HomeFeatured Non-Profit[Featured Non-Profit]: Playworks New England

[Featured Non-Profit]: Playworks New England

Jon Gay has been with Playworks since the national non-profit opened its New England branch in Boston in 2006.

Twelve years ago, Jon started as a Playworks coach when the organization served only six elementary schools in Boston. He progressed to other roles including program manager and development director and now sees himself in the position of executive director.

Playworks New England has progressed in tandem with Jon. The organization worked with 78,000 children in 150 elementary schools, some schools being kindergarten through eighth grade, across Massachusetts, Rhode Island and New Hampshire during the 2017-2018 academic year. There are 20 staff members at the Playworks New England office, including Jon.

Playworks believes in the ‘power of play.’ Their goal is to use recess to develop children socially as well as physically.

“We really focus on using recess to get kids physically active during the school day as well as teaching them valuable social and emotional skills,” says Jon.

“Those are the two main impacts that we’re focusing on with youth. Recess is a great opportunity to improve the school climate. How kids feel and belong. How they’re being active and healthy but also teaching them core skills that they’re going to need to know for the future.”

The non-profit provides two programs. Playworks use the direct service model at 60 of the elementary schools. This is where the non-profit places one of their employed coaches at a school. Playworks has 35 coaches employed from September until the end of June on top of the 20 employees at their office.

The Playworks coaches spend around 20 minutes with each grade at recess from 10am to 1pm. “Recess is one of the best times, especially in low-income urban communities, for kids to get their daily dose of physical activity. At a Playworks school, we’re getting them vigorously physically active by playing tag, jump rope, doing relay races. They’re taking that twenty minutes and they’re moving.”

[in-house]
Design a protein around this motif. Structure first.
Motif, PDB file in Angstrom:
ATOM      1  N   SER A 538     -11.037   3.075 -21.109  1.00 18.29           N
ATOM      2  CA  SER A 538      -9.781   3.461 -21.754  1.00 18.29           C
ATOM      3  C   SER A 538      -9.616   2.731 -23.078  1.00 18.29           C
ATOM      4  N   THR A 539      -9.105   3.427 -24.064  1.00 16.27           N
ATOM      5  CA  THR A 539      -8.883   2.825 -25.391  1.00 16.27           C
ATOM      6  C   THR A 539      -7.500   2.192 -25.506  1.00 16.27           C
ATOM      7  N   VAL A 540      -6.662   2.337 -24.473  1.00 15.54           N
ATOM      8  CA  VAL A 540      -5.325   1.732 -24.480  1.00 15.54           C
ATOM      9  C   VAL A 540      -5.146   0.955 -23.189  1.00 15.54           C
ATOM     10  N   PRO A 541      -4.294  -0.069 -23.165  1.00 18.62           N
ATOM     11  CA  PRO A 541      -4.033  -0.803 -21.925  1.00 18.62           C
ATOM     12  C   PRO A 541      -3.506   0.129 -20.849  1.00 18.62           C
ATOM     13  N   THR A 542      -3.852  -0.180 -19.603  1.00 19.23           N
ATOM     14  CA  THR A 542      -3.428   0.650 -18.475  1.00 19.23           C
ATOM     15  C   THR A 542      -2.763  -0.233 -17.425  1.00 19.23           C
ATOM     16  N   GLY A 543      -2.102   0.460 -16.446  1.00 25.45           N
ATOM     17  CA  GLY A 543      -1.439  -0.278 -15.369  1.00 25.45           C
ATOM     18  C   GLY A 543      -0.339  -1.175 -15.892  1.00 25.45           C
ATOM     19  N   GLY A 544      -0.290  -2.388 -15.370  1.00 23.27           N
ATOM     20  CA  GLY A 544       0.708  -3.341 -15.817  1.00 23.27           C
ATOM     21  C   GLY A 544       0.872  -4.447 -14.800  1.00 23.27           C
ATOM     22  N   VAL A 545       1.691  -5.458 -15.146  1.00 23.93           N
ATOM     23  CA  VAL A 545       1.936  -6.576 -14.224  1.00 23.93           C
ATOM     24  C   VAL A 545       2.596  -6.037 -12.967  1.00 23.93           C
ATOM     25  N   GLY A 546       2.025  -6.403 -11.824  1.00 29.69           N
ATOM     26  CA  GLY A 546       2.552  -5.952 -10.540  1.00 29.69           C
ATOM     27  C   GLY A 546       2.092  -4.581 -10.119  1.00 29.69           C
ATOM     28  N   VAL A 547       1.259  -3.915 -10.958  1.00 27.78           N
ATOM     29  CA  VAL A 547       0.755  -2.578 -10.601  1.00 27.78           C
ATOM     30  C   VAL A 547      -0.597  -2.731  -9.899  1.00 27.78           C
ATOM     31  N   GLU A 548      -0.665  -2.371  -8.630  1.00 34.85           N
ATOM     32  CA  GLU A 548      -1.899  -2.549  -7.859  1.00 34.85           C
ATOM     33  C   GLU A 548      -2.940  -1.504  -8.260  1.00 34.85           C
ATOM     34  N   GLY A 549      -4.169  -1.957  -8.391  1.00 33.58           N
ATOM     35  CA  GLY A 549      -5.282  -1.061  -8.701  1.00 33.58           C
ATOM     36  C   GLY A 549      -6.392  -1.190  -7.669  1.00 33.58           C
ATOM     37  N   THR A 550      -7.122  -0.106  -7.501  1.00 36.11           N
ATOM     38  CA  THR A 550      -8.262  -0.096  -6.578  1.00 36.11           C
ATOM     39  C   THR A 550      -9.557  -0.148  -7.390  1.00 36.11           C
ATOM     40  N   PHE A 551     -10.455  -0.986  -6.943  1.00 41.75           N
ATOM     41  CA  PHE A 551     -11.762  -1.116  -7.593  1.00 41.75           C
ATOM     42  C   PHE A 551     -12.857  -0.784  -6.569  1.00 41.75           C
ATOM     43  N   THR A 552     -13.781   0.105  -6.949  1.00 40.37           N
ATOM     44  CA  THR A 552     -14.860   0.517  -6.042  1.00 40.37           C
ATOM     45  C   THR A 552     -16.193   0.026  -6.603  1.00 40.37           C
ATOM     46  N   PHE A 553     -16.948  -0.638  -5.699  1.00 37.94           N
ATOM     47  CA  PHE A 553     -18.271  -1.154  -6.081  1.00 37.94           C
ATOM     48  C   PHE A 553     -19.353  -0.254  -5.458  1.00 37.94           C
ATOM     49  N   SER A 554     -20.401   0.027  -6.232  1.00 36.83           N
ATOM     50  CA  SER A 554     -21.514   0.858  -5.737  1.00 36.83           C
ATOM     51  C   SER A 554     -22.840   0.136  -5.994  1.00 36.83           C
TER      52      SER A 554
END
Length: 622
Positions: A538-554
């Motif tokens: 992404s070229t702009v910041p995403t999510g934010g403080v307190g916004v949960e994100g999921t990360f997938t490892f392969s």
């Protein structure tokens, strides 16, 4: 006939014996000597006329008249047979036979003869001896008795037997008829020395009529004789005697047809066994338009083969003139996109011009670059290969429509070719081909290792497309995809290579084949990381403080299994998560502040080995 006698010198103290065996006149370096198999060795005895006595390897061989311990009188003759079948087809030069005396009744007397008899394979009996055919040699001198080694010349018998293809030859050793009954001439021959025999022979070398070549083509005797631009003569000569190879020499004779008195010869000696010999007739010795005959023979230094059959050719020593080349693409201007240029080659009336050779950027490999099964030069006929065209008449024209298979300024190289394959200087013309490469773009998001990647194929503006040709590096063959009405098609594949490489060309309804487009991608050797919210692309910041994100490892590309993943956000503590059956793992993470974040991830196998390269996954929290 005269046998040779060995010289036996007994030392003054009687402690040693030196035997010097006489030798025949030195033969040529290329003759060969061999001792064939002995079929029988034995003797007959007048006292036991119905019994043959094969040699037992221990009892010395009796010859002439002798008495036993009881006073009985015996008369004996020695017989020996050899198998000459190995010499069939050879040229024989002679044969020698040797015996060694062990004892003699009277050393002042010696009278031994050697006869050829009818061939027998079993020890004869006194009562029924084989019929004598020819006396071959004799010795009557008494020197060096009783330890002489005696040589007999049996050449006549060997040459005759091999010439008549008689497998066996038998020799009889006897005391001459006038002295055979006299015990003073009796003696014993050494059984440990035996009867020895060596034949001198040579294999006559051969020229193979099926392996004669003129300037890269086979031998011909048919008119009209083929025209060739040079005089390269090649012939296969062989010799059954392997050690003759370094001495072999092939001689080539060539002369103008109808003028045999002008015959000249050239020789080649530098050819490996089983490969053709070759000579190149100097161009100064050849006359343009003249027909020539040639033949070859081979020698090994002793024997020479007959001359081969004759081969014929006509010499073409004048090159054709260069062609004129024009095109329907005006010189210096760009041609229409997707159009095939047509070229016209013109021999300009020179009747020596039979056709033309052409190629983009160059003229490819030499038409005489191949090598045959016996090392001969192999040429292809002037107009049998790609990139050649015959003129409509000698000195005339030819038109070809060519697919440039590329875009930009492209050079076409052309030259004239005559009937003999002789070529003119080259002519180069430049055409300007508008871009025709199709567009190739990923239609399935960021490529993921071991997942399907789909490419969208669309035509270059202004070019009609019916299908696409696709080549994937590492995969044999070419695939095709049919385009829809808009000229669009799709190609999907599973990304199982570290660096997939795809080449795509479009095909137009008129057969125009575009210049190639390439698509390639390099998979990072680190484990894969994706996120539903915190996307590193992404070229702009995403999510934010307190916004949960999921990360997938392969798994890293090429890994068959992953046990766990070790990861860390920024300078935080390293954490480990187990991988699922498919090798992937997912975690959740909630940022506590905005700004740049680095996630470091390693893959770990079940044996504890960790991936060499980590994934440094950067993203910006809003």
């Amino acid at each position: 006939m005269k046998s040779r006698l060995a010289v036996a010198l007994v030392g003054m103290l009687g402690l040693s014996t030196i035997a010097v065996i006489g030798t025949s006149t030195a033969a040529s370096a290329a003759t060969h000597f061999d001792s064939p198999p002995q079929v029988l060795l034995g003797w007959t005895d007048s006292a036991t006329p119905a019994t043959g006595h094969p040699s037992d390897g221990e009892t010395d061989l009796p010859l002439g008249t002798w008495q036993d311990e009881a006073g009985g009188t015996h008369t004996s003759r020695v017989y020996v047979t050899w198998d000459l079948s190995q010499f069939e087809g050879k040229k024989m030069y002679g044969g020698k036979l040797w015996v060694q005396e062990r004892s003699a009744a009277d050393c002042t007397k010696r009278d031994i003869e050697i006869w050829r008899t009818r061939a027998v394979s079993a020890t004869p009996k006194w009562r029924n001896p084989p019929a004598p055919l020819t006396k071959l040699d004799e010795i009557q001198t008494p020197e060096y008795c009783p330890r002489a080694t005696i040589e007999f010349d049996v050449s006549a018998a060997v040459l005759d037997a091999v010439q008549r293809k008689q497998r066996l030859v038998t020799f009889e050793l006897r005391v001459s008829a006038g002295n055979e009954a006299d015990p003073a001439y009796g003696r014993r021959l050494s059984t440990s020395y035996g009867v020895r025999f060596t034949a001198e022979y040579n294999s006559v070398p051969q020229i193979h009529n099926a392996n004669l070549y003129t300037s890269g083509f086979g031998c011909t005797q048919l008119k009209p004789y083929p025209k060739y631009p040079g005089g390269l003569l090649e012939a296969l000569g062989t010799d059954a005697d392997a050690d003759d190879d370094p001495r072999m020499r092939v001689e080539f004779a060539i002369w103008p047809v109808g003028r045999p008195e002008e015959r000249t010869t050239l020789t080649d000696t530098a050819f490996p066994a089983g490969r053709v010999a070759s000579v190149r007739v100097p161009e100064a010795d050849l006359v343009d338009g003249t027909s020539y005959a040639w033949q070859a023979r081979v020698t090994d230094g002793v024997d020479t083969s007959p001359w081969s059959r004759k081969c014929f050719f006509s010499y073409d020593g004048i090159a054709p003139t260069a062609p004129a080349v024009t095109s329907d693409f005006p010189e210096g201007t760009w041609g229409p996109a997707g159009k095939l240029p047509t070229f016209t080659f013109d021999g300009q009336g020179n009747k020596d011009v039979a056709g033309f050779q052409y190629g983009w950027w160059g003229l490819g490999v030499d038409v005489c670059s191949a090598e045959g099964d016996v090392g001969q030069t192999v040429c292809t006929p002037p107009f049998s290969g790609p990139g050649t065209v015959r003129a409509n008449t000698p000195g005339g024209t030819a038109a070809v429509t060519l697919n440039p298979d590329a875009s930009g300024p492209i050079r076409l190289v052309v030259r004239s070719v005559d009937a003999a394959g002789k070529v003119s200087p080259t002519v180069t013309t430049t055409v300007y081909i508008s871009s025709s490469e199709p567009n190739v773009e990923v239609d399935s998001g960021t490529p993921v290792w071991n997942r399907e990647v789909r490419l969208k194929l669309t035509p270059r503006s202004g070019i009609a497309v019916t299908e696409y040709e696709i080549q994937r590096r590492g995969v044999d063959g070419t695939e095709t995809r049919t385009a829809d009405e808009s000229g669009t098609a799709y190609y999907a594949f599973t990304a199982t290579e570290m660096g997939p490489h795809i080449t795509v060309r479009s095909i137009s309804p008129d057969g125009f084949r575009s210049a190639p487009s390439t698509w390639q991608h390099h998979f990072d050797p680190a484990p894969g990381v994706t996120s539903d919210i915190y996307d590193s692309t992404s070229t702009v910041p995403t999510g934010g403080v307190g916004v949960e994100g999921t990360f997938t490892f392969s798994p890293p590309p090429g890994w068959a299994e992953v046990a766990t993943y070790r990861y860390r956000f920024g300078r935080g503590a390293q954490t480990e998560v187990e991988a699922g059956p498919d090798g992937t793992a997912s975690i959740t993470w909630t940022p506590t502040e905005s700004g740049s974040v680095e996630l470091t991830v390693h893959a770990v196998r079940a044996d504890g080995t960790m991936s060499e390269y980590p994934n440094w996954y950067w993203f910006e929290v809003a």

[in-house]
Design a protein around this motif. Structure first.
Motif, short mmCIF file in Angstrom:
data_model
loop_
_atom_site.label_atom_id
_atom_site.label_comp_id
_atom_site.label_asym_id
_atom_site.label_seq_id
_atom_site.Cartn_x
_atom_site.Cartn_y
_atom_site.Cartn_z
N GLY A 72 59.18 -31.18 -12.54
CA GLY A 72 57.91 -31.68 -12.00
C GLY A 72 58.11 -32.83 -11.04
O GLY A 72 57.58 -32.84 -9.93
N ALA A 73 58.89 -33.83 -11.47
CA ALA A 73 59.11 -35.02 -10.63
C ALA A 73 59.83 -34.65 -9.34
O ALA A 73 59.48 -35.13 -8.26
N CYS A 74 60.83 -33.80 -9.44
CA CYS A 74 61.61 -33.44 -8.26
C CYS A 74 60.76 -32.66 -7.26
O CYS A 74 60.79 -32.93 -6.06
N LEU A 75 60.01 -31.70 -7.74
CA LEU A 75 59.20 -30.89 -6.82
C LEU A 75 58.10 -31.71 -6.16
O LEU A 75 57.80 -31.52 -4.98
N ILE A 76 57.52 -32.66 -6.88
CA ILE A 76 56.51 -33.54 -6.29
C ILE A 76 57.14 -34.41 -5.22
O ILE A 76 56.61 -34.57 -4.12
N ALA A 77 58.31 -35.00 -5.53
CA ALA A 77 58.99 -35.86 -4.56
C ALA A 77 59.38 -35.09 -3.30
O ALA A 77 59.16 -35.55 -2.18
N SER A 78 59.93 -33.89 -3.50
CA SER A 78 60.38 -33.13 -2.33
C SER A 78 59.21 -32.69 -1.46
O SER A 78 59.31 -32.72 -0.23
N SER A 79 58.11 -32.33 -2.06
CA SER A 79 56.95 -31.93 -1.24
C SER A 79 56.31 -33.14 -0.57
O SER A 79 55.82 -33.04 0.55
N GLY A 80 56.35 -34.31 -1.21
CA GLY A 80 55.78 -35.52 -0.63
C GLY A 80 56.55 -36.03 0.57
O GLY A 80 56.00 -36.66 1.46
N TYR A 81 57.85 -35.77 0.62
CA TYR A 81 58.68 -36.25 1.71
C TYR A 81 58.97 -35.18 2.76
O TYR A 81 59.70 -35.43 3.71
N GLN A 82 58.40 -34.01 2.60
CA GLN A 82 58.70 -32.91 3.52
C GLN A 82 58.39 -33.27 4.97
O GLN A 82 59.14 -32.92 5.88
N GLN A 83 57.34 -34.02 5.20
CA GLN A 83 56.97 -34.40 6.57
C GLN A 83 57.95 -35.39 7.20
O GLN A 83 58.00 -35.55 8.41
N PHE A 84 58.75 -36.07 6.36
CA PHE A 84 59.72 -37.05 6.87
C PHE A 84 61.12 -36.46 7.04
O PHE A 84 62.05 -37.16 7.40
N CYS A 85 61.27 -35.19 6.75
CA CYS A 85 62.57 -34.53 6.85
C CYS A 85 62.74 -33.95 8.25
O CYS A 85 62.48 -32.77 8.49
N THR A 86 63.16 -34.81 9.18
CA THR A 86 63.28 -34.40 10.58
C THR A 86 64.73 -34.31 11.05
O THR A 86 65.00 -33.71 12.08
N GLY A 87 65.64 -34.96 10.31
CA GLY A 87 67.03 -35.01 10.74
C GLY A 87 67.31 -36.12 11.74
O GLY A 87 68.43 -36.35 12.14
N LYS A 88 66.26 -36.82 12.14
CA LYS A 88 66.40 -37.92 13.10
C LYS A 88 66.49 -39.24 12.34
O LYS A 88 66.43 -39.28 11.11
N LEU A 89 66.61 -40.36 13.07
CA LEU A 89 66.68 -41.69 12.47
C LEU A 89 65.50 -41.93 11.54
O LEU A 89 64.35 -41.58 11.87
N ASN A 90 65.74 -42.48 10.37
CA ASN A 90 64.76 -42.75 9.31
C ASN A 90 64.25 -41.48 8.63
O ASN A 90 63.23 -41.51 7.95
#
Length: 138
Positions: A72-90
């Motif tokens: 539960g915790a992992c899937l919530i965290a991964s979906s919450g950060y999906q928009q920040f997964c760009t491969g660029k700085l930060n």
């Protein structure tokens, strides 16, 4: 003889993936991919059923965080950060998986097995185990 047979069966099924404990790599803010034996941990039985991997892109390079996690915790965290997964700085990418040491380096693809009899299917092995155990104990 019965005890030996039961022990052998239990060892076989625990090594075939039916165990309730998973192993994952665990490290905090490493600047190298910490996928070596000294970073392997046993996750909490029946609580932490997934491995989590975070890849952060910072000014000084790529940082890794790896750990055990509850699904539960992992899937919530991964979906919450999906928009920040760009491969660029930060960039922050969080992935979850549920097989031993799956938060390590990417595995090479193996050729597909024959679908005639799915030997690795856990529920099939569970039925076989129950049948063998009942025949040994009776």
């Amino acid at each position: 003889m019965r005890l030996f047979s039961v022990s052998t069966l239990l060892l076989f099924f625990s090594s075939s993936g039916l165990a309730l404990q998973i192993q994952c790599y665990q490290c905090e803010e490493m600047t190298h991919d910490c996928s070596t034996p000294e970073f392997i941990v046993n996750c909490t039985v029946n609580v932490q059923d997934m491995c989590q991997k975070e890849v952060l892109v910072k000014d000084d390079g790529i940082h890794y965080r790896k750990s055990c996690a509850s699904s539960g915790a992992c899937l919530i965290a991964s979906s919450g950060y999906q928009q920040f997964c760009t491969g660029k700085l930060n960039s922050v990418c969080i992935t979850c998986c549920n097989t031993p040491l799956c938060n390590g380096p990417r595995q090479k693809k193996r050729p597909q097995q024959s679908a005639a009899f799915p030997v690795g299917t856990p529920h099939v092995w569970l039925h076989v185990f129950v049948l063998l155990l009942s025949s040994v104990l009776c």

The other program that the organization provides is a training approach, which occurred at 90 schools during the 2017-2018 academic year. Playworks provide two full days of training to all new coaches working in their program and the non-profit follows up with a consultation visit.

“The training model, we’re just focusing on recess,” explains the New England executive director. “Most of the schools are partnering with us because there is a bullying issue or there’s fights happening at recess. The issue is a lot of the discipline problems are happening at recess.

“The training schools, they identify a recess team of educators. Sometimes it’s para-professionals, lunch monitors, assistant principals even. We’re training that recess team on how to organize recess. Where do you put the games, what games can you lead and how do you start and end recess.”

Playworks provides some additional services at the schools where they have their own coaches working. One of the services is known as Class Game Time where the coaches conduct classes in co-operation with teachers.

“We teach games and activities to really help cement core social and emotional learning skills. How to communicate, how to resolve conflicts, how to be creative.

“Some of these core skills are important to a child’s education. We’re working with the classroom teacher to teach a thirty to forty-minute class. For example, using a game like soccer but teaching it in an inclusive way so every kid participates but also to make sure they understand some core skills.”

Playworks provides a youth leadership program at the 60 schools that adopt the direct service model. In this program, the coaches select fourth and fifth graders and train them after school to become peer leaders.

“The youth leaders are called Junior Coaches, they’ll come back and run recess for the younger grades at their school. You have a fifth grader who will run recess for first and second graders.

“It gives them that opportunity to be a leader among their peers. The thing that we’re really working on with them is everything from how to develop self-advocacy skills and how do you communicate effectively.”

Playworks New England has an annual budget of approximately $3 million. Half of that stems from support of private charities such as the New Balance Foundation and the Boston Foundation. Around $1.25 million is earned revenue from all the schools that are participating in the program.

The non-profit is a recipient of a $250,000 grant from the AmeriCorps program. AmeriCorps is a federal program that aims to improve lives and foster civic engagement.

Playworks holds three fundraising events every spring. In May of this year, the non-profit had its third annual breakfast event that attracts individual donors, companies and foundations. Playworks also held its ninth Annual Run for Recess, a family-friendly 5k run in May. The organization’s 11th Annual Corporate Kickball Tournament occurred in early June and attracted corporations based in Boston.

Playworks New England is entering its 13th season providing recess-based services to elementary schools in the north east region. Jon has many hopes for the future including working with all Boston Public Schools and expanding to other cities such as Lowell and Springfield.

“Our goal is to be in every Boston Public School. It’s one of the biggest cities in New England. We’re currently working with forty out of eighty elementary schools in Boston. Our goal is to be in all eighty. Our goal is to expand to more cities and towns outside of Boston too.”

Image Attribute: Playworks New England

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